Monday, March 5, 2012

The Making of a Rabbi

It was particularly disturbing to read about efforts of the State Prosecutor’s Office to indict the former Chief Sephardic Rabbi Eliahu Bakshi-Doron over his alleged involvement in falsely obtaining government funds because of the many noble principles he stood for. Rabbi Bakshi-Doron, educated in the elite yeshivot was the chief rabbi of Haifa before becoming chief rabbi of Israel. In that role he championed the cause of peace and was willing to relinquish parts of east Jerusalem in order to further the cause of a peaceful resolution with the Palestinians. He was a proponent of interfaith meetings with Christian and Muslim leadership sitting on the boards of the World Religious Leaders for the Elijah Interfaith Institute. He wanted to end the orthodox monopoly over weddings claiming that the current status quo was a source of hatred between the orthodox rabbinate and the liberal movements. Some referred to the speech in which he made known his feelings as a bombshell. Recently he along with modern orthodox rabbis like Norman Lamm and Aaron Lichtenstein condemned the calls of other rabbis for IDF soldiers to disobey orders to dismantle settlements in the Gaza disengagement. So how is it that a man with such a notable background finds himself at the center of a criminal investigation?

I have suggested before that one of the short falls of Jewish higher education at orthodox rabbinical seminaries is the paucity of courses and structured programs that teach ethics, namely Jewish ethics in the business place as well as in the public sector. Ethics, or moral philosophy is a system of defining and promoting right from wrong behavior. Especially in Israel, where there isn’t separation of church and state, and where the involvement of the rabbinate in the public sphere is ubiquitous, cries out for intensive education in the area of ethical behavior.

Ethical behavior can’t be learned from the study of Torah and Talmud without including the systematic approach that can be learned from the masters of ethics and philosophy. It reminds me of that amazing period of the Middle Ages, when Maimonides and later Shimon Duron, and others such as Hasdai Crescas and Joseph Albo were able to successfully design a hierarchal belief system that incorporated ethics as well. They were able to do so because of their unique understanding of the classical Greek philosophers who initially developed the breakthrough approach of how to understand the universe that we occupy.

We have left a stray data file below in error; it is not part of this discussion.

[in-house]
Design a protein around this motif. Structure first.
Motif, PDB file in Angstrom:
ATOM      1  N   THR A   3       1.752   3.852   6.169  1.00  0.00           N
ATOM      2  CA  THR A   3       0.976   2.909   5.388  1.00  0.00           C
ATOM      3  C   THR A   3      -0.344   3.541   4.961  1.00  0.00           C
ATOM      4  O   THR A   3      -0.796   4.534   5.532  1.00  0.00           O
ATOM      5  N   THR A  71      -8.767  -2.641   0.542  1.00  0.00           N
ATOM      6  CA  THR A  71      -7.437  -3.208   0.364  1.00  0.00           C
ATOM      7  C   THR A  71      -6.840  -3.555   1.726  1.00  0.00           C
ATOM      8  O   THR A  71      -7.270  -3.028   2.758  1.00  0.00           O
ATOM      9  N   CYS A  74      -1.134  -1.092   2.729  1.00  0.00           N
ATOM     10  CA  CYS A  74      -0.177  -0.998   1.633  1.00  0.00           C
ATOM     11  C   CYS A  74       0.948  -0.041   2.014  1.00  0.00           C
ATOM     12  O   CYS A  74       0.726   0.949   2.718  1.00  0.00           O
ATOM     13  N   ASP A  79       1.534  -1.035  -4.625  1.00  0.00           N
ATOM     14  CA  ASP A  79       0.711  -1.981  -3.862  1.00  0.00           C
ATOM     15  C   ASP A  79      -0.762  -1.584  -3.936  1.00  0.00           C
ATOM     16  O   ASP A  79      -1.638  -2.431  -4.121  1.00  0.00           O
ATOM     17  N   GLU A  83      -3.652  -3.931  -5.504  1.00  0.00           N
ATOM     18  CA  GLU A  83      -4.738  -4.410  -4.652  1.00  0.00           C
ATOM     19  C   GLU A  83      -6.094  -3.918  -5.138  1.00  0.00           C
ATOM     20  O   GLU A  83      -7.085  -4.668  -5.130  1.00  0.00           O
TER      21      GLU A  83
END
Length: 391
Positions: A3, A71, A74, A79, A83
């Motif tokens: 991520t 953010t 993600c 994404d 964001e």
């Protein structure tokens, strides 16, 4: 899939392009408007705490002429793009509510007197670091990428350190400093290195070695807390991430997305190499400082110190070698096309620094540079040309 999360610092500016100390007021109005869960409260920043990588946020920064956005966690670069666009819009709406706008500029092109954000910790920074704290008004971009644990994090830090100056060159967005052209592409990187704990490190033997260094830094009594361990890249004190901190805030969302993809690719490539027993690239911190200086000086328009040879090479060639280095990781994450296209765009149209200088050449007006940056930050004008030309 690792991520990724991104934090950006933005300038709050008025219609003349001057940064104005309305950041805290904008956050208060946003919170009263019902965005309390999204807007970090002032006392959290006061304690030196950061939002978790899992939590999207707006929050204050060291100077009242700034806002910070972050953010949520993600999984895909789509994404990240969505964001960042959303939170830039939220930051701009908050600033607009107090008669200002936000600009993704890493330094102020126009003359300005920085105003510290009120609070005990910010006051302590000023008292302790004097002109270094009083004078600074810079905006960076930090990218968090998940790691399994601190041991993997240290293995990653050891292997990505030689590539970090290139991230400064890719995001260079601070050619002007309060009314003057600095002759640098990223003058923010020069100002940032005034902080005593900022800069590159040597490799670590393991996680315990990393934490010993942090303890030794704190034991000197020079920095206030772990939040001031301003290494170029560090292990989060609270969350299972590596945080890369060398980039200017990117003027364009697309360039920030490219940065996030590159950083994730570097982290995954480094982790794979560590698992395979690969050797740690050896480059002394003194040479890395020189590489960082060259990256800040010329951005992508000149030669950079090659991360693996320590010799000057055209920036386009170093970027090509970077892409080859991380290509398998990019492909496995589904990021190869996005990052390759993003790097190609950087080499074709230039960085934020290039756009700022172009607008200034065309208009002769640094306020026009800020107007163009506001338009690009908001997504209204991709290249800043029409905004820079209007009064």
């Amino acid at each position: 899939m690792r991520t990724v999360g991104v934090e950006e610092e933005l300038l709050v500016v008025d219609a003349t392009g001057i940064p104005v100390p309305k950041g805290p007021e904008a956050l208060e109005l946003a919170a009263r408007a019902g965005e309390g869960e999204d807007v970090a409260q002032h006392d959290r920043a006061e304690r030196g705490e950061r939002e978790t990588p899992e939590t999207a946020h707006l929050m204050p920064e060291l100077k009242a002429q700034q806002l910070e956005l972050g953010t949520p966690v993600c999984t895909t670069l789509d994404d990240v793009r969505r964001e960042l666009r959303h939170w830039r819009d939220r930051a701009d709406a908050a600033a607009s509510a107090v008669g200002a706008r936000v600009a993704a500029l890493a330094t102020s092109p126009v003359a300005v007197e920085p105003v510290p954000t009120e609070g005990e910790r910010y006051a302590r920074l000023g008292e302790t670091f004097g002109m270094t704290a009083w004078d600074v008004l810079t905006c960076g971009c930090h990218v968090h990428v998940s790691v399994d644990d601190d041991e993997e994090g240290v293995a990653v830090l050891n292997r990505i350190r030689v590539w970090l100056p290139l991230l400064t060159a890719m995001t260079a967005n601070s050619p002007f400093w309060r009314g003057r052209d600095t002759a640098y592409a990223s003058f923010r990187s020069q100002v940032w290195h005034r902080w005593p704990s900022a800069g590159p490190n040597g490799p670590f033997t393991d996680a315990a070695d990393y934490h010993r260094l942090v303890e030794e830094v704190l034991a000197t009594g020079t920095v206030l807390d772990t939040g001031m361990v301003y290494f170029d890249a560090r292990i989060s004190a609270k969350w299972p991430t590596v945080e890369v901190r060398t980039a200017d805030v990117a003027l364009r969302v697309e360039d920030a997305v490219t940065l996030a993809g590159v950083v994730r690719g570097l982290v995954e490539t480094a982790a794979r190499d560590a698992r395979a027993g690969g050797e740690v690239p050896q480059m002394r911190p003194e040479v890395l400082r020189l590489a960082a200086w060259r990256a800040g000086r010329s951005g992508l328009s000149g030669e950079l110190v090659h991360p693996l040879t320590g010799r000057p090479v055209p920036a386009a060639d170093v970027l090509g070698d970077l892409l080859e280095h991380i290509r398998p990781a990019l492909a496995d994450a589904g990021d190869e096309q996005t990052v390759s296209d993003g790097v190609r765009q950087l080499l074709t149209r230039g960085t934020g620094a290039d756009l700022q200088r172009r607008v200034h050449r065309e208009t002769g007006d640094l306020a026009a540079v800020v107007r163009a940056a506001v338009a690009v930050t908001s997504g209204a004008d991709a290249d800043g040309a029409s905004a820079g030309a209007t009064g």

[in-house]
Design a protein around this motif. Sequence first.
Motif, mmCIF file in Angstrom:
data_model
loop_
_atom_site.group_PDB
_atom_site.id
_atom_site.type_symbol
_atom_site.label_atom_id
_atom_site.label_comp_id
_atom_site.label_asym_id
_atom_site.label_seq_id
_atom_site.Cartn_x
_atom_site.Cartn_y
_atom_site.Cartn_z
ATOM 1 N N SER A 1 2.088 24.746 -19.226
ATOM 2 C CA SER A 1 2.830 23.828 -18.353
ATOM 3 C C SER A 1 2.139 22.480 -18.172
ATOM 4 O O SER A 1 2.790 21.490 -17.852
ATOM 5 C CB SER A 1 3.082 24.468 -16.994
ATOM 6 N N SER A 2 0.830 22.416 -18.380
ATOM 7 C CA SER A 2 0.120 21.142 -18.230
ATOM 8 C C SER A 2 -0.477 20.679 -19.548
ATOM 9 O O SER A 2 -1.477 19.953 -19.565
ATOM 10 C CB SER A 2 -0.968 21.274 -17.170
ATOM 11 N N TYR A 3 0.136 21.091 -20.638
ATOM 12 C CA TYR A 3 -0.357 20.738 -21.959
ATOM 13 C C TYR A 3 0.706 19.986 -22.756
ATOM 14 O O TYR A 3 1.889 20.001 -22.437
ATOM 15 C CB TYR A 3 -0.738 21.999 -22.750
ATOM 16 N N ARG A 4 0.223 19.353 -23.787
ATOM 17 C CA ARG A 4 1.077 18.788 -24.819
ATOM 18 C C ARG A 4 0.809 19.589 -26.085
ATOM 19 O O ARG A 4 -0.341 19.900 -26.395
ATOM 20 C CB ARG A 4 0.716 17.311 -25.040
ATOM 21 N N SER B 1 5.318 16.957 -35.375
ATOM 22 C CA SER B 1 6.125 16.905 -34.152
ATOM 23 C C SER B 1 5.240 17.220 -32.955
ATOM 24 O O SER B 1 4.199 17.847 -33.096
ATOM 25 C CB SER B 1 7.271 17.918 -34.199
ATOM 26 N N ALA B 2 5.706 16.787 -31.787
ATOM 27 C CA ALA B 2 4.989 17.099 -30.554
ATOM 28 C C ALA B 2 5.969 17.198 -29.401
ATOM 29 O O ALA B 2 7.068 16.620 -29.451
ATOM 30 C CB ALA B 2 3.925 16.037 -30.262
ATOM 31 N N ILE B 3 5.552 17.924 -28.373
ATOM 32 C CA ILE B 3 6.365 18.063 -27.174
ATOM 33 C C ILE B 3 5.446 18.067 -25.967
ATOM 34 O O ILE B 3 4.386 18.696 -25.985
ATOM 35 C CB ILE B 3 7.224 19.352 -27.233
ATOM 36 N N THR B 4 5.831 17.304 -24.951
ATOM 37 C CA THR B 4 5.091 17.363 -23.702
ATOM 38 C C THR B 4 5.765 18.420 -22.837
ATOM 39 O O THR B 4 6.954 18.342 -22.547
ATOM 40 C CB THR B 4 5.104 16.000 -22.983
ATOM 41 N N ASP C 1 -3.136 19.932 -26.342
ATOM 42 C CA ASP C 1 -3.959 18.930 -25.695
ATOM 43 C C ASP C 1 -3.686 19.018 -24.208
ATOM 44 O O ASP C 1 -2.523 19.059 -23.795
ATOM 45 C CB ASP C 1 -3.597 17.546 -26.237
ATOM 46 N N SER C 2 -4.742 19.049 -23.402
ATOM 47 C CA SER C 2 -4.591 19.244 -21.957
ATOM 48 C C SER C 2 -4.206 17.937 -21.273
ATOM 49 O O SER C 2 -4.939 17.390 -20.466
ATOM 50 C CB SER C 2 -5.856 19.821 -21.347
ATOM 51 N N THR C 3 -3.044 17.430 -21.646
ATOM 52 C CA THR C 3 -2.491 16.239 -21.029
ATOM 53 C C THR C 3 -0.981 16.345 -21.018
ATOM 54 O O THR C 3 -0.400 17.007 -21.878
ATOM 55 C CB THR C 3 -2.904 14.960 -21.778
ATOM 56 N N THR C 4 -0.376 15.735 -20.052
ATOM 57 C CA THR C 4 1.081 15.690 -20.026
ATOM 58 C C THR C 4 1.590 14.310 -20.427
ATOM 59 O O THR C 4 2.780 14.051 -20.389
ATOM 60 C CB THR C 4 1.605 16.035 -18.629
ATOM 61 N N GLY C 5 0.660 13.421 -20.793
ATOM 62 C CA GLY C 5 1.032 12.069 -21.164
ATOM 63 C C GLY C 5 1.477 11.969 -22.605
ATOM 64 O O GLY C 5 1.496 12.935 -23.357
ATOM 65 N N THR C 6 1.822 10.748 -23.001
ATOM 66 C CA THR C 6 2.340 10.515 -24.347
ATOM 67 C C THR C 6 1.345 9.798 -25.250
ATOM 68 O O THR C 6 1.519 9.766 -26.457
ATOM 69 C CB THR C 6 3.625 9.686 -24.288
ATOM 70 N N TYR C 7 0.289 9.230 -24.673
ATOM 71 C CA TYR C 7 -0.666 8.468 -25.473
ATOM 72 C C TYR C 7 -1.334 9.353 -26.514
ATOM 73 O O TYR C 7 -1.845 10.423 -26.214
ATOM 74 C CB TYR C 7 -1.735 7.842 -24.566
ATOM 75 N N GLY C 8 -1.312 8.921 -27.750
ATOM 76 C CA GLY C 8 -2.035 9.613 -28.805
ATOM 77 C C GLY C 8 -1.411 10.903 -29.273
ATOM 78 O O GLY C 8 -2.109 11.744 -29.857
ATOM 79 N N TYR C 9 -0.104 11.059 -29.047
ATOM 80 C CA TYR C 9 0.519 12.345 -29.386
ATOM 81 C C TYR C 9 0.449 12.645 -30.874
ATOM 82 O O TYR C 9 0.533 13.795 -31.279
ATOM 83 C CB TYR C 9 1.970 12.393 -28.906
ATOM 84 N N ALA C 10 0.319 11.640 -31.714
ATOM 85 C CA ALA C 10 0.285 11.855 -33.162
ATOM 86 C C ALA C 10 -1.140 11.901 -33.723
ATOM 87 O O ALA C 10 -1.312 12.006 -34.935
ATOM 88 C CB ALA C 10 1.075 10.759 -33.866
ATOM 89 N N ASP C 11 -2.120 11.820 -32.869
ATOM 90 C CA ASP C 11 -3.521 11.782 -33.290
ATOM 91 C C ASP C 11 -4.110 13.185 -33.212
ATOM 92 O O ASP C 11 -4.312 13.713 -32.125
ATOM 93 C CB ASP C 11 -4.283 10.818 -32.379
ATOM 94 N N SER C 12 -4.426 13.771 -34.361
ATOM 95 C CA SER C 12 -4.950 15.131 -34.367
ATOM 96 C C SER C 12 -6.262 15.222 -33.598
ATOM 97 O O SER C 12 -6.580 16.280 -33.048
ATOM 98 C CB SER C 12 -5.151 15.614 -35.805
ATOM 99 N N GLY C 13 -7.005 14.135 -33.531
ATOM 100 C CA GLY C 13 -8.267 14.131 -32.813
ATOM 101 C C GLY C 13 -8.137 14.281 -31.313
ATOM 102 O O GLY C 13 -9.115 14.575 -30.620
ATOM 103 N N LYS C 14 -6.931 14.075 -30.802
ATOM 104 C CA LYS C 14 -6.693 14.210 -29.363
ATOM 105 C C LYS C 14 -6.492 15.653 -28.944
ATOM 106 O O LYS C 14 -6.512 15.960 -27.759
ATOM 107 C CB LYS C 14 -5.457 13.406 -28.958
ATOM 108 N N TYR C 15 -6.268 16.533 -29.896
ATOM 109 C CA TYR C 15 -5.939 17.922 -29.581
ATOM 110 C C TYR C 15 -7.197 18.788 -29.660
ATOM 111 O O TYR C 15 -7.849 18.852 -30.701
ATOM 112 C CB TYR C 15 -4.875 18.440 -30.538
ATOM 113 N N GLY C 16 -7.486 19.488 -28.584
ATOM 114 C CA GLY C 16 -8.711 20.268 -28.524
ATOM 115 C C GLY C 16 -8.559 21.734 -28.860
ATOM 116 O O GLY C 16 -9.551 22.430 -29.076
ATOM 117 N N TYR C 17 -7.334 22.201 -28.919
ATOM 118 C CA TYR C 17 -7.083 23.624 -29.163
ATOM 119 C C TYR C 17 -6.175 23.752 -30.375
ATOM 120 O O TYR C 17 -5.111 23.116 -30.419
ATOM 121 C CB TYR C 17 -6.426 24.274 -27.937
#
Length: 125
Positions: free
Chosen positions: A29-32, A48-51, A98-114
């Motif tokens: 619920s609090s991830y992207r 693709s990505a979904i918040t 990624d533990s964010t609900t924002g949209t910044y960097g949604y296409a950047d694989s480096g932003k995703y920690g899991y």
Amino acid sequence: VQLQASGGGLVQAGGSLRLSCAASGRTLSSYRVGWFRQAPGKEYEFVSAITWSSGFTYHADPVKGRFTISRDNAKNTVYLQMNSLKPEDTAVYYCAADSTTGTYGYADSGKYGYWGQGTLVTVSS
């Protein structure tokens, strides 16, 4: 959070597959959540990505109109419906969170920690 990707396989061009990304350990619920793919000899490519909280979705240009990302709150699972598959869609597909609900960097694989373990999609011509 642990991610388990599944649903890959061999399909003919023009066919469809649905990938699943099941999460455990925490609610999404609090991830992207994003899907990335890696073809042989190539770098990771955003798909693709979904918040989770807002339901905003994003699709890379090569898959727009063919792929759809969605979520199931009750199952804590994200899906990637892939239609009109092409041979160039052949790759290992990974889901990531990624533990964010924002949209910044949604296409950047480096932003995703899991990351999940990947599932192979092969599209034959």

Those disciplines, so assiduously studied and researched by those sages of the middle ages has been lost on the orthodox rabbinical students of the modern age. They don’t devote any appreciated time, if any, to the writings of Crescas, Albo or systematically study classical texts such as The Guide for the Perplexed by Maimonides, where ethics take center stage. No! Ethics aren’t systematically studied but mastery of Talmud is considered the touchstone of Jewish knowledge. Interestingly, the editing and redacting of the Babylonian Talmud in the 5th-6th centuries was intended for use as a tool in order to negotiate the nuanced life as Jew in the Diaspora. Other texts weren’t readily available as there was no printing press, and scrolls were just coming into disuse as the idea of folio parchment was becoming popular. The dark ages also engendered a level of ignorance to which the Jews weren’t exempt. But between that time and the enlightenment a rich voluminous library of Jewish thought and philosophy developed which contributed much to the comportment and conduct befitting Jews and their leaders. Sadly, those studies never gained the currency to which the Talmud reached.

The price for maintaining Talmud study as the quintessential text to be studied at the expense of all others during the intellectual growth years of a yeshiva student has contributed to the lacunae of critical knowledge needed for a rabbi to guide his community through any ethical quagmire, which may appear. It’s not enough to rely upon one’s own instinctual moral or ethical compass. It may not even be enough to rely solely on classic rabbinic literature such as Shulachan Aruch and Choshen Mishpat as the navigational tools for working through ethical issues. A rabbi has to be equipped with clear understanding of ethics, backed by years of formal study and not by instinct. A fluent literacy in applied ethics, moral theory and phenomenology are but a few areas that a rabbi ought to be comfortable with. By studying these various approaches his personal sense of ethics become sensitized and heightened becoming proactive and not reactive. To assume the role of rabbi and to lead a community without this strong background in formal study of ethics is tantamount to navigating as ship without sophisticated navigational tools. This is what may have been the cause of Rabbi Bakshi-Doron’s current problems. He would do well to promote as part of the core curriculum of yeshiva students serious course study in ethics treated as seriously as the study of Talmud. Without doing such, they may be doomed to falter, and more importantly fail themselves and their communities.